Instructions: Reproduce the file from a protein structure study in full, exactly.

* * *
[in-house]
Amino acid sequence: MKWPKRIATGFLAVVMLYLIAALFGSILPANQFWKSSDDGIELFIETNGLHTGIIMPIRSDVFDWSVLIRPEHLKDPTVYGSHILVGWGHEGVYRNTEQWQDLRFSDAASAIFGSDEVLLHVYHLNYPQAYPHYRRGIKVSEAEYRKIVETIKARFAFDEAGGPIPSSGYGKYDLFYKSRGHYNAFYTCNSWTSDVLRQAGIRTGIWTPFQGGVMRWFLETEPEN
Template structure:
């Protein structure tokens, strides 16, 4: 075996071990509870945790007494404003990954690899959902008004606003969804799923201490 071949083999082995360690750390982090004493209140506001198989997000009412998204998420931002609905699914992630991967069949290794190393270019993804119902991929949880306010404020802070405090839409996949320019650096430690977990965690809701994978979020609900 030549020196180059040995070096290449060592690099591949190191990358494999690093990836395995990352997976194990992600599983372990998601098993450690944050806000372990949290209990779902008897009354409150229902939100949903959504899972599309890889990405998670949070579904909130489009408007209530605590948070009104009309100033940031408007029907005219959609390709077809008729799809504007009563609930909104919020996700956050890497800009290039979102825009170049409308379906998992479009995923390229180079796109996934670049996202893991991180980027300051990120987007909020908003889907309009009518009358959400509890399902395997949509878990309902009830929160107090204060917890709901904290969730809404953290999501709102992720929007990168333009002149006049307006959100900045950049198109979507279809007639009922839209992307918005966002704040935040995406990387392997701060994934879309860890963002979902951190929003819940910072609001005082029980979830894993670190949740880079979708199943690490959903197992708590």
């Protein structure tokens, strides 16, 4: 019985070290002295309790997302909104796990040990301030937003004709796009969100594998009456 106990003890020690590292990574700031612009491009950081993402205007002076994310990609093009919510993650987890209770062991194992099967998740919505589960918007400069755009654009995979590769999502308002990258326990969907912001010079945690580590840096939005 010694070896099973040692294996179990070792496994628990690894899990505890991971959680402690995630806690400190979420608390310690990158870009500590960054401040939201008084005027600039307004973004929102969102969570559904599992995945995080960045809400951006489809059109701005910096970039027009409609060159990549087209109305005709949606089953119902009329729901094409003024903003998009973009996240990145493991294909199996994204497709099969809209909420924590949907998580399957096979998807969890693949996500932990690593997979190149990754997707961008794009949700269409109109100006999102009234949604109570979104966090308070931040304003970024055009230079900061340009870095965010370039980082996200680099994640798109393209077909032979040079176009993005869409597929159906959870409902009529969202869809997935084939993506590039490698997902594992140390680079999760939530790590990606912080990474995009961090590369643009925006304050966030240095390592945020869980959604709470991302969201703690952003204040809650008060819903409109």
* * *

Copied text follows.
[in-house]
Amino acid sequence: MKWPKRIATGFLAVVMLYLIAALFGSILPANQFWKSSDDGIELFIETNGLHTGIIMPIRSDVFDWSVLIRPEHLKDPTVYGSHILVGWGHEGVYRNTEQWQDLRFSDAASAIFGSDEVLLHVYHLNYPQAYPHYRRGIKVSEAEYRKIVETIKARFAFDEAGGPIPSSGYGKYDLFYKSRGHYNAFYTCNSWTSDVLRQAGIRTGIWTPFQGGVMRWFLETEPEN
Template structure:
């Protein structure tokens, strides 16, 4: 075996071990509870945790007494404003990954690899959902008004606003969804799923201490 071949083999082995360690750390982090004493209140506001198989997000009412998204998420931002609905699914992630991967069949290794190393270019993804119902991929949880306010404020802070405090839409996949320019650096430690977990965690809701994978979020609900 030549020196180059040995070096290449060592690099591949190191990358494999690093990836395995990352997976194990992600599983372990998601098993450690944050806000372990949290209990779902008897009354409150229902939100949903959504899972599309890889990405998670949070579904909130489009408007209530605590948070009104009309100033940031408007029907005219959609390709077809008729799809504007009563609930909104919020996700956050890497800009290039979102825009170049409308379906998992479009995923390229180079796109996934670049996202893991991180980027300051990120987007909020908003889907309009009518009358959400509890399902395997949509878990309902009830929160107090204060917890709901904290969730809404953290999501709102992720929007990168333009002149006049307006959100900045950049198109979507279809007639009922839209992307918005966002704040935040995406990387392997701060994934879309860890963002979902951190929003819940910072609001005082029980979830894993670190949740880079979708199943690490959903197992708590």
């Protein structure tokens, strides 16, 4: 019985070290002295309790997302909104796990040990301030937003004709796009969100594998009456 106990003890020690590292990574700031612009491009950081993402205007002076994310990609093009919510993650987890209770062991194992099967998740919505589960918007400069755009654009995979590769999502308002990258326990969907912001010079945690580590840096939005 010694070896099973040692294996179990070792496994628990690894899990505890991971959680402690995630806690400190979420608390310690990158870009500590960054401040939201008084005027600039307004973004929102969102969570559904599992995945995080960045809400951006489809059109701005910096970039027009409609060159990549087209109305005709949606089953119902009329729901094409003024903003998009973009996240990145493991294909199996994204497709099969809209909420924590949907998580399957096979998807969890693949996500932990690593997979190149990754997707961008794009949700269409109109100006999102009234949604109570979104966090308070931040304003970024055009230079900061340009870095965010370039980082996200680099994640798109393209077909032979040079176009993005869409597929159906959870409902009529969202869809997935084939993506590039490698997902594992140390680079999760939530790590990606912080990474995009961090590369643009925006304050966030240095390592945020869980959604709470991302969201703690952003204040809650008060819903409109």